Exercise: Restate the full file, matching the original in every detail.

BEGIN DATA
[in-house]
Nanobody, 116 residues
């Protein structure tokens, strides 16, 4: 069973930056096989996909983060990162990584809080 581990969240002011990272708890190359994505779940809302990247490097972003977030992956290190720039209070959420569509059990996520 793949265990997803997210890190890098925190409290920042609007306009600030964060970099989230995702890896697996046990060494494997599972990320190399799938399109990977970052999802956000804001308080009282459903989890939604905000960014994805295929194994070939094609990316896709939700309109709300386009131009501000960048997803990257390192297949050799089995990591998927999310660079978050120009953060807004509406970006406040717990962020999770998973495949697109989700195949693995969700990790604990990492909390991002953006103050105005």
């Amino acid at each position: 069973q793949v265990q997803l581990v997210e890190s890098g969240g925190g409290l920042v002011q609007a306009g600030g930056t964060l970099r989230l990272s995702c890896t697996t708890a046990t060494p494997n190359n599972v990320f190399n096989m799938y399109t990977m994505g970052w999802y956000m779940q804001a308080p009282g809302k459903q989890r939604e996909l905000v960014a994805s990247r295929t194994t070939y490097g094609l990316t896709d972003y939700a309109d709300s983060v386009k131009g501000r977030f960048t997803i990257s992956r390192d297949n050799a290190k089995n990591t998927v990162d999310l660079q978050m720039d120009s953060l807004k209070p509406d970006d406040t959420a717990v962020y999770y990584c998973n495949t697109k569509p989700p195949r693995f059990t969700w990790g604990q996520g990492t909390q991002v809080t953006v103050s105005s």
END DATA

[in-house]
Nanobody, 116 residues
């Protein structure tokens, strides 16, 4: 069973930056096989996909983060990162990584809080 581990969240002011990272708890190359994505779940809302990247490097972003977030992956290190720039209070959420569509059990996520 793949265990997803997210890190890098925190409290920042609007306009600030964060970099989230995702890896697996046990060494494997599972990320190399799938399109990977970052999802956000804001308080009282459903989890939604905000960014994805295929194994070939094609990316896709939700309109709300386009131009501000960048997803990257390192297949050799089995990591998927999310660079978050120009953060807004509406970006406040717990962020999770998973495949697109989700195949693995969700990790604990990492909390991002953006103050105005």
């Amino acid at each position: 069973q793949v265990q997803l581990v997210e890190s890098g969240g925190g409290l920042v002011q609007a306009g600030g930056t964060l970099r989230l990272s995702c890896t697996t708890a046990t060494p494997n190359n599972v990320f190399n096989m799938y399109t990977m994505g970052w999802y956000m779940q804001a308080p009282g809302k459903q989890r939604e996909l905000v960014a994805s990247r295929t194994t070939y490097g094609l990316t896709d972003y939700a309109d709300s983060v386009k131009g501000r977030f960048t997803i990257s992956r390192d297949n050799a290190k089995n990591t998927v990162d999310l660079q978050m720039d120009s953060l807004k209070p509406d970006d406040t959420a717990v962020y999770y990584c998973n495949t697109k569509p989700p195949r693995f059990t969700w990790g604990q996520g990492t909390q991002v809080t953006v103050s105005s």